I am sure there are some architects that do soundproofing for home theater well. However, I was called recently to assess a botched job.
Botched home theater design
A construction manager who is building a 10,000 sq foot high end home called me to soundproof a home theater under construction. When I arrived, I have found the home theater in the basement of the large house virtually completed. The room was framed with 2” x 6” studs and the wall cavities were filled with rock wool insulation. One layer of ½” drywall was installed throughout. The ceiling had numerous air vents with ducts connected to the house’s ventilation system. The ceiling also had numerous recessed lights. A single door separated the home theater from a large rec room in the basement.
The construction manager told me that his client wants to have the home theater sound proof so that the rest of the house is not disturbed by a loud home theater performance. He asked me what kind of wall treatment he needs to achieve this objective,
It was clear to me that the construction manager did not understand the difference between sound absorption and sound blocking. I had to explain to him that sound absorption that is applied to walls only provides improved listening experience but does not provide sound blocking required for soundproofing.
In order for a home theater to be reasonably soundproof walls and ceiling must have minimum Sound Transmission Class (STC) 60. The room as it was built had STC 40 at best. It also had numerous other deficiencies that provide path for noise:
- Recessed lights in the ceiling.
- Untreated embedded electrical boxes in walls and ceiling.
- Air supply and return ducts that allow noise to transfer to the rest of the house.
- Single standard interior door that will never provide sufficient sound attenuation.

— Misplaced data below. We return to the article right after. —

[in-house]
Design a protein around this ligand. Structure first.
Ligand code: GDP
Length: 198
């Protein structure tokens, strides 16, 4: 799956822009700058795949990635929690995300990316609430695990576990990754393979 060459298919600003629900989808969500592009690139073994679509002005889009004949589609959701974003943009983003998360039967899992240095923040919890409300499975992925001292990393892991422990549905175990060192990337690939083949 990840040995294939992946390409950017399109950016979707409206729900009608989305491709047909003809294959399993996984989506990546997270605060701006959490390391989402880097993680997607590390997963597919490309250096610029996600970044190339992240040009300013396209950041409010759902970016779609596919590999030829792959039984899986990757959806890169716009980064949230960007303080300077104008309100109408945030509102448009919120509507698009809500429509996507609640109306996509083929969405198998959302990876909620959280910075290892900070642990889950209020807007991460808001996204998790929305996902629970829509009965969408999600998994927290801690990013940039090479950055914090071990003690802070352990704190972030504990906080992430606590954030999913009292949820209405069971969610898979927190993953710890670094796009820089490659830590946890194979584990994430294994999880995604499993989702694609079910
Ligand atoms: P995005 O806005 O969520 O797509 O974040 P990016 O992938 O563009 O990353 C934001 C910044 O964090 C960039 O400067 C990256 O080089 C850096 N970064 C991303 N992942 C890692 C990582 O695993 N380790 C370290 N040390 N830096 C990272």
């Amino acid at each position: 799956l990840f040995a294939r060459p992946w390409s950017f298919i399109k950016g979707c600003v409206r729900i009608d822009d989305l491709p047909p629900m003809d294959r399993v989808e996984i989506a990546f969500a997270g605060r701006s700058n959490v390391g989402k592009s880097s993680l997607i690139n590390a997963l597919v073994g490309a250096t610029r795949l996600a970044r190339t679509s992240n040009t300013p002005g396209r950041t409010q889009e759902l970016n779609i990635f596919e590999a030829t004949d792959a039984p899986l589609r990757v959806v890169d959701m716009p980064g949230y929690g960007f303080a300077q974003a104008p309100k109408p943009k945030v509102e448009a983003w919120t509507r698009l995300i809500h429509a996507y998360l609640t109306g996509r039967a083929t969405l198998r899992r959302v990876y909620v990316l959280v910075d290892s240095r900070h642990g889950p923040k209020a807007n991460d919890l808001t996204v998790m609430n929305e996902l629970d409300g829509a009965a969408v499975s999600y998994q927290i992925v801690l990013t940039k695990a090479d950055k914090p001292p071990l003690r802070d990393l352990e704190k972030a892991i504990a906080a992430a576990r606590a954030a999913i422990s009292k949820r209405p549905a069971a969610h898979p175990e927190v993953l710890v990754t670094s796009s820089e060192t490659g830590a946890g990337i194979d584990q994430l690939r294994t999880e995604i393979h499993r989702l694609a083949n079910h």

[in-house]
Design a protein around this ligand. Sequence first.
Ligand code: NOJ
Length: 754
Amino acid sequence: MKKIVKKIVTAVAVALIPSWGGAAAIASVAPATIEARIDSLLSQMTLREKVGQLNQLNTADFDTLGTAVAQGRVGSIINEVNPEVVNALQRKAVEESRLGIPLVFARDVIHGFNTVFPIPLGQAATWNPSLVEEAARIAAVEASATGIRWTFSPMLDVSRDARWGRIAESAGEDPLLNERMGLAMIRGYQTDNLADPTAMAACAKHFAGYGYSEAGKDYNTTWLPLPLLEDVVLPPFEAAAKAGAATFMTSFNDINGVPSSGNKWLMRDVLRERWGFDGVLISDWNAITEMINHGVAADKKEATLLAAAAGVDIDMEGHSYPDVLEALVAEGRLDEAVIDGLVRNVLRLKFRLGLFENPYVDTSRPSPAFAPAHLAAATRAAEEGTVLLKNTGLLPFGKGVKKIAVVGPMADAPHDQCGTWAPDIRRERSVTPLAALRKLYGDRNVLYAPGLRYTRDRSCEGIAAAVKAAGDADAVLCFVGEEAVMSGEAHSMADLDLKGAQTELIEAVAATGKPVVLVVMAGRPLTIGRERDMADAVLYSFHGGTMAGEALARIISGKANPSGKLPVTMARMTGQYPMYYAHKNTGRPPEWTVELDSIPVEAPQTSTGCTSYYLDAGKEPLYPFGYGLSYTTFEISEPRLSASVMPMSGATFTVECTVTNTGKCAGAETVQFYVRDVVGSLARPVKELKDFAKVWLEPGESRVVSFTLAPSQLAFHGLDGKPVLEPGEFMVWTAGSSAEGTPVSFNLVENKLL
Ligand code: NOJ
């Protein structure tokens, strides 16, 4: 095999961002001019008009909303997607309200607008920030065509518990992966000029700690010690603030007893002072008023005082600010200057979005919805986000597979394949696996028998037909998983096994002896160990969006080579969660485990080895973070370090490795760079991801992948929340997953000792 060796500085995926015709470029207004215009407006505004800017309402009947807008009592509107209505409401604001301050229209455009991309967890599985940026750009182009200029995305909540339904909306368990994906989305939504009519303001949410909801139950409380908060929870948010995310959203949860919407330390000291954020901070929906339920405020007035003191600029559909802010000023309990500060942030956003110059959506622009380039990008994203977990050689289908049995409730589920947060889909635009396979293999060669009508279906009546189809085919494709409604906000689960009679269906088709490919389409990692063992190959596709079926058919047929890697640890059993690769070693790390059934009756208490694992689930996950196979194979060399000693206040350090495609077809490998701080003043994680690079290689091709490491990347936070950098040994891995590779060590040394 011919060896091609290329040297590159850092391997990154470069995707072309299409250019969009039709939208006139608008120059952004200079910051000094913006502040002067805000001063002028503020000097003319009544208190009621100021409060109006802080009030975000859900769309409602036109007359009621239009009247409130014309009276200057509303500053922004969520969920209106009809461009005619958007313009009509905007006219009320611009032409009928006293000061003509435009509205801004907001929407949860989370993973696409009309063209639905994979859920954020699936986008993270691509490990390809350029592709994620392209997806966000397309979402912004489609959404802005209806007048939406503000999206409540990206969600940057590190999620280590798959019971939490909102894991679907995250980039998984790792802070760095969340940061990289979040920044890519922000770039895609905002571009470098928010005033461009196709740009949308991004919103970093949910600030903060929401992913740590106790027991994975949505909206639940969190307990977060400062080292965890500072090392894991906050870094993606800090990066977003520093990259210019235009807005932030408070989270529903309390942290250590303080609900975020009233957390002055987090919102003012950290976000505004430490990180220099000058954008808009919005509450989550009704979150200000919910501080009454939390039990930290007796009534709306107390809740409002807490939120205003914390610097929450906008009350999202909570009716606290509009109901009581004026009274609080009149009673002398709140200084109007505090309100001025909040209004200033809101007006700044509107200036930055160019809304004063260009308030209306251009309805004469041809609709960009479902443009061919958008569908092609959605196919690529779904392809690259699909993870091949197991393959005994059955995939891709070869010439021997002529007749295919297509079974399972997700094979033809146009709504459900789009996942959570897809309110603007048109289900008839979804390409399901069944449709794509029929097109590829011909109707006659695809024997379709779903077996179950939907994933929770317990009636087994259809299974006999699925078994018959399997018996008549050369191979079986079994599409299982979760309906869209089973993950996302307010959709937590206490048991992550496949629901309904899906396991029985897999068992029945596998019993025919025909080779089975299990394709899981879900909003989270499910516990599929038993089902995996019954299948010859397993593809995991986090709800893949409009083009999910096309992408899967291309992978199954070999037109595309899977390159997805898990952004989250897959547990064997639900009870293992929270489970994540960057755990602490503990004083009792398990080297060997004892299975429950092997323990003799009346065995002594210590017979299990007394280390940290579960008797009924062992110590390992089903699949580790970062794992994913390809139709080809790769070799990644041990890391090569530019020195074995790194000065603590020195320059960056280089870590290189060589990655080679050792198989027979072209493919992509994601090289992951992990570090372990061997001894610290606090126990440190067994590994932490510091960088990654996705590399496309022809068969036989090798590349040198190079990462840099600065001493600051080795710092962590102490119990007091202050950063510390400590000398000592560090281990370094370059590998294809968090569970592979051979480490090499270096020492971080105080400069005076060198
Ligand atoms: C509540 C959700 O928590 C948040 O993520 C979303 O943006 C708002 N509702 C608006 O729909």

The client was not happy when I told him that he needs to virtually demolish what he has just built and redo it correctly.
Proper home theater desing
A sufficiently soundproofed home theater must have the following features:
- Walls and ceiling must have sufficient sound attenuation, especially at lower frequencies. Ideally, walls with two rows of studs should be provided.
- On the interior of the home theater, install two layers of drywall over resilient clips and furring channels.
- Ceiling, at a minimum, should have two layers of drywall over furring channels and resilient clips.
- No recessed lights should be installed in the ceiling.
- Air distribution should be designed to minimize noise transfer. This usually requires the installation of silencers in the ducting; both air supply and air return.
- Entrance to the home theater should be through a small foyer with two doors. Single door will never provide sufficient sound attenuation, unless special soundproof (and expensive) door is used.
Other aspects of the home theater design are outside the scope of this article. These include:
- Speaker locations.
- Use and locations of bass traps.
- Locations of sound absorbers.
- Locations of sound diffusers.
All of these elements are to achieve optimum listening experience in the home theater. This article covers more of the issues.
Proper design of home theater requires specialized expertise. Architects and builders should seek the advice of a specialist at the design stage. It is much cheaper to build it correctly the first time than demolishing and rebuilding poorly constructed project.
Please use the button bellow to obtain a consulting quote in Toronto area form the author of the article.
Your feedback is always appreciated. Please fill-in the form below and submit your comments.